April 16, 2007

Link: Avoid the Vista badge, it means DRM inside

Filed under: Blog — krkhan @ 11:38 pm

I just came across this article on Inquirer about how Windows Vista spells DRM, and why DRM is inherent evil. The author raises some pretty solid points, so be sure to check it out.

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  1. DRM is bad. No arguments. But, I don’t see Vista as the ‘Big’ culprit (Microsoft is evil alright ;)). Don’t you think the ‘content industry’ is to blame?

    Comment by Attique — September 18, 2007 @ 11:59 am

  2. Well, even though RIAA does deserve some blame, we all know that Microsoft could’ve gotten away without being the DRM-whore that they are without much hassle. A number of other companies have started offering DRM-free music and it’s not like they were sued by the content industry or something.

    Comment by krkhan — September 18, 2007 @ 2:09 pm

  3. I don’t quite agree. I’ll take HDCP/HDMI as an example. Correct me if I’m wrong but from what I understand the OS, graphics card and display must all be HDCP compliant in order to display any HDCP content. Remove HDCP from OS and your OS cannot play any HD ‘premium’ content legally. It’s almost a requirement on OS to have HDCP functionality built into it like graphics cards and displays.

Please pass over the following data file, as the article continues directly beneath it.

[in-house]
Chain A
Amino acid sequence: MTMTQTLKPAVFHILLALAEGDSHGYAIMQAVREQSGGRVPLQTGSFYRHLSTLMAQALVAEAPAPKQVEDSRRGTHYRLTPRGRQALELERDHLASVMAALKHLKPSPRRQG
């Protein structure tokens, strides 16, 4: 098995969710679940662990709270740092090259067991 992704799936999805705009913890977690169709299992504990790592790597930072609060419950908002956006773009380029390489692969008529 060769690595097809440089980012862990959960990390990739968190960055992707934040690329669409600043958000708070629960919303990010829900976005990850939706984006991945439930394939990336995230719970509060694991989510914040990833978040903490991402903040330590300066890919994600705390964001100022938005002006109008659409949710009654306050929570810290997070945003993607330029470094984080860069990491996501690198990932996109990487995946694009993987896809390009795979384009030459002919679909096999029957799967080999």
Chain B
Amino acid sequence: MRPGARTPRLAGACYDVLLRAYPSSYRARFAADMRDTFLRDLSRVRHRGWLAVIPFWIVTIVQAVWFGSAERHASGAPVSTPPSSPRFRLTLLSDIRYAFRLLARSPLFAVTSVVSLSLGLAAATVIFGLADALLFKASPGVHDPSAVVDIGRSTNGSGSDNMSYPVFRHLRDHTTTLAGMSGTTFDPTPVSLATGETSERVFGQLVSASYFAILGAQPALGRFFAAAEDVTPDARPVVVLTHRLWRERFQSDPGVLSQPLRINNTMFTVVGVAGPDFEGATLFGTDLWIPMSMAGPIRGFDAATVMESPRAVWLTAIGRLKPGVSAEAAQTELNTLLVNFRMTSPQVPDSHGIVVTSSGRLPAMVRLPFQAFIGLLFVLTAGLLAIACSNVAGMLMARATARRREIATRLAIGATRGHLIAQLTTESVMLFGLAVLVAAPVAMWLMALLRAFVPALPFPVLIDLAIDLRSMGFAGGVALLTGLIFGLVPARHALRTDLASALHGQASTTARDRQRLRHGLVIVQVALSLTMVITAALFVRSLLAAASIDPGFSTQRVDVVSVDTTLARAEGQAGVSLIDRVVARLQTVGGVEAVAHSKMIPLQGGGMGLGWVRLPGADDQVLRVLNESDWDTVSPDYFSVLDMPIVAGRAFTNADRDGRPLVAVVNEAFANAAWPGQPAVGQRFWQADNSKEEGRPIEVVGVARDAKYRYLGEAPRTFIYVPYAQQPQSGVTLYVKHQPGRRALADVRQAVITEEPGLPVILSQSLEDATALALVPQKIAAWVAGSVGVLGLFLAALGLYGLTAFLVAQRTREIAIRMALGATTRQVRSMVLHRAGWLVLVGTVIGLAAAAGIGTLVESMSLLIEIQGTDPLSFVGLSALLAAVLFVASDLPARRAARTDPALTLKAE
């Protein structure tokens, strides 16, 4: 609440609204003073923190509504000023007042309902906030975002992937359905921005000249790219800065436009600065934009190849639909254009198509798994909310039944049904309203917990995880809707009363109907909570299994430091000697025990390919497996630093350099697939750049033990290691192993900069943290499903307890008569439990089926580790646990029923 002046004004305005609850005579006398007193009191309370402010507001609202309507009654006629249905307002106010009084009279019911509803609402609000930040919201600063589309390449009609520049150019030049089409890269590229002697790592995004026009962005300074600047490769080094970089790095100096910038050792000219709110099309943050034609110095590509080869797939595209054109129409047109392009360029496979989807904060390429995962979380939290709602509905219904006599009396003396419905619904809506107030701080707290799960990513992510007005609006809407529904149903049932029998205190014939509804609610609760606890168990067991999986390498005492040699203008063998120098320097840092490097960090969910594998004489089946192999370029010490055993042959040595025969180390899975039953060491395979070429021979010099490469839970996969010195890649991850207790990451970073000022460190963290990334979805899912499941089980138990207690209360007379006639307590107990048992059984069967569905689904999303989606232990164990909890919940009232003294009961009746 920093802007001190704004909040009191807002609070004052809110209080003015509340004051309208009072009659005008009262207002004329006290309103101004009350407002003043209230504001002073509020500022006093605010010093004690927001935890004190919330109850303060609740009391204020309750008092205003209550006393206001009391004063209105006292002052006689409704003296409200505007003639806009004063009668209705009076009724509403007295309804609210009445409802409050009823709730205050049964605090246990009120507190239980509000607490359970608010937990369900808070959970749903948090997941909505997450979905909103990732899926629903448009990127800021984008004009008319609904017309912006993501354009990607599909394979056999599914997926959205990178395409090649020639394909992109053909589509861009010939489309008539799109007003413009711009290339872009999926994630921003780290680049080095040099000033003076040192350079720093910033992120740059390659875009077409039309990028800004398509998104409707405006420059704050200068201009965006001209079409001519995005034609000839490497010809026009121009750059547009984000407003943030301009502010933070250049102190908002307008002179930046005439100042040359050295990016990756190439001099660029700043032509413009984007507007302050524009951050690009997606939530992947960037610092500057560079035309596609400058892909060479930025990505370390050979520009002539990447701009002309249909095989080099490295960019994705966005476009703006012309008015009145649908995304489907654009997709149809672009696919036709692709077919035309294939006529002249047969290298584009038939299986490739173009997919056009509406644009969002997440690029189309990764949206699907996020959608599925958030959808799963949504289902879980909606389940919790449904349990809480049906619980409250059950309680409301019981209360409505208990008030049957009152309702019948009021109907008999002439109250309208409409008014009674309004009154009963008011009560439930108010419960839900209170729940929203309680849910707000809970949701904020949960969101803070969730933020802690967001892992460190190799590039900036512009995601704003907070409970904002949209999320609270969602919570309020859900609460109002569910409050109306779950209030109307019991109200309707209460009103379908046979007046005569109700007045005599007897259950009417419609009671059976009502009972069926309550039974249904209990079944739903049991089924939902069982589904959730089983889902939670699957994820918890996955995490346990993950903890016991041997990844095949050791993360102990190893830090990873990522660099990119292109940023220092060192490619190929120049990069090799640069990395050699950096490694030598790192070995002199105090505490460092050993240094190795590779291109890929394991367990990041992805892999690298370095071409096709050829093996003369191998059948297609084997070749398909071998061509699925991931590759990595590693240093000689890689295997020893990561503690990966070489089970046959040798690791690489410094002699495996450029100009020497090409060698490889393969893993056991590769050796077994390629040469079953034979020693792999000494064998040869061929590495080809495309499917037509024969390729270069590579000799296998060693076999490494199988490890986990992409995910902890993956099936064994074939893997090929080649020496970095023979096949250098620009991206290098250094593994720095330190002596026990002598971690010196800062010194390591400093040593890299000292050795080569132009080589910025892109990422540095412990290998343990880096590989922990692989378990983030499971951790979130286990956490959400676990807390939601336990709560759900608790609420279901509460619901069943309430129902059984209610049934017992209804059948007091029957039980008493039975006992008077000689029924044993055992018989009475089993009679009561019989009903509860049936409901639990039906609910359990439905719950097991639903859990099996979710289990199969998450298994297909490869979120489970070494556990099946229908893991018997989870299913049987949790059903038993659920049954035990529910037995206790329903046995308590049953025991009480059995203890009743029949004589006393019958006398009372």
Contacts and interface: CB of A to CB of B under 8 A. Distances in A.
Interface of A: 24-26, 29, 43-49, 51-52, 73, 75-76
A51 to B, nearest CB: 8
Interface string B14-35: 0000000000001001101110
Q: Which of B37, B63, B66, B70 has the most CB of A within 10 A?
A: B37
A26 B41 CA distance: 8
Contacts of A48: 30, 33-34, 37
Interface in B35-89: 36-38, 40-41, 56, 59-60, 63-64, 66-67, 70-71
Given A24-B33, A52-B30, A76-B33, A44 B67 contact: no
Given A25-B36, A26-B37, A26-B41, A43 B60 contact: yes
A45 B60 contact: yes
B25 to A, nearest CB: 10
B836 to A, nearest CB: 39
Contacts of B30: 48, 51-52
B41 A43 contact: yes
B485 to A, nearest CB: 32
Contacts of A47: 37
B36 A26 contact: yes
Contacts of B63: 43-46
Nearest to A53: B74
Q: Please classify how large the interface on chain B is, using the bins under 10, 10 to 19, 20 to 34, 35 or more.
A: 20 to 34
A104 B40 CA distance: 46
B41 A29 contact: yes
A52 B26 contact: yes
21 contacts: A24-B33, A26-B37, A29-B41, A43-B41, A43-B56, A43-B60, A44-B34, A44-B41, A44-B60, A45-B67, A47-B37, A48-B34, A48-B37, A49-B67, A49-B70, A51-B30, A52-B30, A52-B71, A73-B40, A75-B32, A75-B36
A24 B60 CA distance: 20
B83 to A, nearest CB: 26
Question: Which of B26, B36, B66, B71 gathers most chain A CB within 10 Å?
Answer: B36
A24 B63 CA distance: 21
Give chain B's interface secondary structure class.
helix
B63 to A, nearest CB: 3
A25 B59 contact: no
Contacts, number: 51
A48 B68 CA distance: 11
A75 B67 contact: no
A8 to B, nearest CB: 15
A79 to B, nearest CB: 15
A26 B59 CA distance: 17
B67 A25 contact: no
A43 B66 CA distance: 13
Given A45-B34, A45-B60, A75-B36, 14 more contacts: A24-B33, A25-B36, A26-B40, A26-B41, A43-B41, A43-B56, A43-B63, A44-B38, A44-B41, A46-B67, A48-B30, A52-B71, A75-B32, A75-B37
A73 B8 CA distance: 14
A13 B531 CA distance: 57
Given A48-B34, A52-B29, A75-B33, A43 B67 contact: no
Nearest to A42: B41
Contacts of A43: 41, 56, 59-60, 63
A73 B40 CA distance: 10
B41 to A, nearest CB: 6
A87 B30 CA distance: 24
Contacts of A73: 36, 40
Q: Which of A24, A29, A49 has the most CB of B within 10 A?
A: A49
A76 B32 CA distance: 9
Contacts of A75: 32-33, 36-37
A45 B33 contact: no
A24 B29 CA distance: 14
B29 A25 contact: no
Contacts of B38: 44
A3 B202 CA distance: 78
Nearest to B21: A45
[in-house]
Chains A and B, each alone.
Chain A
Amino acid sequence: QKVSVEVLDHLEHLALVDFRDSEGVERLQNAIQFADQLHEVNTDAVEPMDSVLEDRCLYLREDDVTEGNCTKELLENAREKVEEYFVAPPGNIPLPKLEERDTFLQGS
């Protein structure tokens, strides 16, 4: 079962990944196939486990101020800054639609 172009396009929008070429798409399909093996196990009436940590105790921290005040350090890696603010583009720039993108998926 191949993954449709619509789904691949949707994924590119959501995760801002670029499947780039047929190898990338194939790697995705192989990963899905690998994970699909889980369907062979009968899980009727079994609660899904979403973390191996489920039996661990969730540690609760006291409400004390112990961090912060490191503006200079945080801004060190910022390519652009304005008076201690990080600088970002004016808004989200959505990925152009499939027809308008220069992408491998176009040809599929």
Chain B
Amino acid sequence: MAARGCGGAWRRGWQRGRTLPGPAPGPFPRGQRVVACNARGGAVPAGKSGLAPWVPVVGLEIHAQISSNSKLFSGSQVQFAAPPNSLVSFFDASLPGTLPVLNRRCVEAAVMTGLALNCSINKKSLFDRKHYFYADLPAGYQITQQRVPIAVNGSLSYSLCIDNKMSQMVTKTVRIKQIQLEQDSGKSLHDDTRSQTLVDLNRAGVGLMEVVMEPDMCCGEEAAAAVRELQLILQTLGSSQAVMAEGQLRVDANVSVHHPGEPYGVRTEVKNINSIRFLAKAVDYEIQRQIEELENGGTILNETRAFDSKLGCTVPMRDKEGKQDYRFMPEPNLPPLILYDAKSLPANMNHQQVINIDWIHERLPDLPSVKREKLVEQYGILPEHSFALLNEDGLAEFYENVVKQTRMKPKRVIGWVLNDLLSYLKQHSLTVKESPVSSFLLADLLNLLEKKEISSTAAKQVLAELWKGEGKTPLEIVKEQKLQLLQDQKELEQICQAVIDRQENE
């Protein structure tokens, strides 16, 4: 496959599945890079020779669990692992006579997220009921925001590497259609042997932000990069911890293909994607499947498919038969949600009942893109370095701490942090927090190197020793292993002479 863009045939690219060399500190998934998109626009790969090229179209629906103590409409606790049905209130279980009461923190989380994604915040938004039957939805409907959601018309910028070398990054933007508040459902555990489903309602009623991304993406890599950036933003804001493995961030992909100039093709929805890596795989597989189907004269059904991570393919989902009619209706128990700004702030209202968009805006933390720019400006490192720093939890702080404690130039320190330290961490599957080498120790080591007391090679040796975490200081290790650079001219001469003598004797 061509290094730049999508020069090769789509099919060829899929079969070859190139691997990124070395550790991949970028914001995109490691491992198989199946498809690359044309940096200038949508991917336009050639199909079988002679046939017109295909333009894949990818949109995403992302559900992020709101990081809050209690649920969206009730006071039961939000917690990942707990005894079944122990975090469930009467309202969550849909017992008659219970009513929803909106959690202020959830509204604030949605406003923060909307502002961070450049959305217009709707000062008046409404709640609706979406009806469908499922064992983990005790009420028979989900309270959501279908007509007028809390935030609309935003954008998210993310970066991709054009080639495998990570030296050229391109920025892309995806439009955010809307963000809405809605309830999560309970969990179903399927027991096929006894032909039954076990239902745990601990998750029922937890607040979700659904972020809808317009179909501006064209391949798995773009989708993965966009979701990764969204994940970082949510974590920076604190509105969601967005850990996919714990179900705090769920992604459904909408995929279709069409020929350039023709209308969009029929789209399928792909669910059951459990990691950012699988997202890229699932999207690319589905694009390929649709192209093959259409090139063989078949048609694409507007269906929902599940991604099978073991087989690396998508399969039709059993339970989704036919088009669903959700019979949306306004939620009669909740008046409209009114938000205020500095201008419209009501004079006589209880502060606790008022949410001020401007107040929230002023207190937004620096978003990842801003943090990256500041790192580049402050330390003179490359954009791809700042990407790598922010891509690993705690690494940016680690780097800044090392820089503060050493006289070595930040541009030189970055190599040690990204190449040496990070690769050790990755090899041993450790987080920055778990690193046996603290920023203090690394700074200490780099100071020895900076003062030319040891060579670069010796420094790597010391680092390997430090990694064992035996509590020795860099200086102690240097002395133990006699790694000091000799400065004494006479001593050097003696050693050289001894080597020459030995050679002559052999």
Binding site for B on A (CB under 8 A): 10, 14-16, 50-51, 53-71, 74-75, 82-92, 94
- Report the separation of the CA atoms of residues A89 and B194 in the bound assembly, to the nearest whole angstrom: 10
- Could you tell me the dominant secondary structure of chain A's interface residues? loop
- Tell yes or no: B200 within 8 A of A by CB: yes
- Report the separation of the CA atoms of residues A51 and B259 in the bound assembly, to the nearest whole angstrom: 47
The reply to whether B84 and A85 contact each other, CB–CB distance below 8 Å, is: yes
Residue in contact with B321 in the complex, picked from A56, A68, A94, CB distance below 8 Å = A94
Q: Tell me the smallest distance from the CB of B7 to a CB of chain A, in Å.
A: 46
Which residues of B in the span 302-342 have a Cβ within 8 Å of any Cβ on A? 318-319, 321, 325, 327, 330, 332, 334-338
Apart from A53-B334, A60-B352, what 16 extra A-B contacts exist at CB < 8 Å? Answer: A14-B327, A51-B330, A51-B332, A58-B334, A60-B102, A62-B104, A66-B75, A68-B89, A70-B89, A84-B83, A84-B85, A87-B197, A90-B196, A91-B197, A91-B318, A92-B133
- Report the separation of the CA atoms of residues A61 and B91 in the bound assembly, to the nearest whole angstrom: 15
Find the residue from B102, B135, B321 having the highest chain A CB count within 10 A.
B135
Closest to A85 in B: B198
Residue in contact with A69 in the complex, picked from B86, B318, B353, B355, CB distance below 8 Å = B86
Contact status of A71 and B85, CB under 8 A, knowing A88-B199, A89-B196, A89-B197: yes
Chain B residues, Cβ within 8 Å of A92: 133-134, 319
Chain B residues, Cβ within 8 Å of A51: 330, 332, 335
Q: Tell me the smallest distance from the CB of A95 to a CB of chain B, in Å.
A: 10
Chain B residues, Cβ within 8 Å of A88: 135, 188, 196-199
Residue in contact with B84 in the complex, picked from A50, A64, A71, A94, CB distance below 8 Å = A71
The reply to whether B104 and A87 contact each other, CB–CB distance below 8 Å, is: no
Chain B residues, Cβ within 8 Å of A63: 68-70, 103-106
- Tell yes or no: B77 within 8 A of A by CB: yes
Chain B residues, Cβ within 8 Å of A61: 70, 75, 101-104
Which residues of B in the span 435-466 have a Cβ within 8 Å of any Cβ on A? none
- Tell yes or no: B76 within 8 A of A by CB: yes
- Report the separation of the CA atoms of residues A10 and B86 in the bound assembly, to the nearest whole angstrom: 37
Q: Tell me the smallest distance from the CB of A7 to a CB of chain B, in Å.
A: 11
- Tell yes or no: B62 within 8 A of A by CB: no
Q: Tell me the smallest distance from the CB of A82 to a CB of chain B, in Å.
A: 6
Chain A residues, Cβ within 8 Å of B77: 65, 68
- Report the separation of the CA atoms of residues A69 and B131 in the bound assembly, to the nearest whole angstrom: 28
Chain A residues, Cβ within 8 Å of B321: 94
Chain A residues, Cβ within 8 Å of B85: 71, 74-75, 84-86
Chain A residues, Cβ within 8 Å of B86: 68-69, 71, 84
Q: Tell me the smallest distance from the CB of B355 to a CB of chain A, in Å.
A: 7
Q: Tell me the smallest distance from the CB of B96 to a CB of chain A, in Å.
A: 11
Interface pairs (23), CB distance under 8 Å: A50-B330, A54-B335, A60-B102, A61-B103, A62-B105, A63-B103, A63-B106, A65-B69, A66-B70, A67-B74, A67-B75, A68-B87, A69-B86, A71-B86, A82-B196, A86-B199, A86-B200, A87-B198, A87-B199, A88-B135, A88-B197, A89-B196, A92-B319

Comment by Attique — September 18, 2007 @ 5:07 pm

  4. The point is, their content won’t reach the target audience without mutual agreement with the OS vendors. We know that Steve Jobs already dislikes DRM, so if Microsoft was *willing* to boycott those content-makers who insisted on DRM protection, the content-makers would’ve realized sooner or later that they can’t reach much audience without cooperation from big names. But then, chances of that happening were and are as slim as seeing world-peace ;-) .

    Comment by krkhan — September 18, 2007 @ 6:39 pm

  5. I would say that is already happening to HD-DVD’s as the people who actually own HDCP compatible graphics cards are very few and most of them didn’t buy these cards to play HD-DVD’s. Somewhere I read (can’t give the link right now) that it’s almost intentional. The content producers don’t want ordinary PC users to be able to play premium content in the first place. Talk about paradox :)

    Comment by Attique — September 18, 2007 @ 9:02 pm

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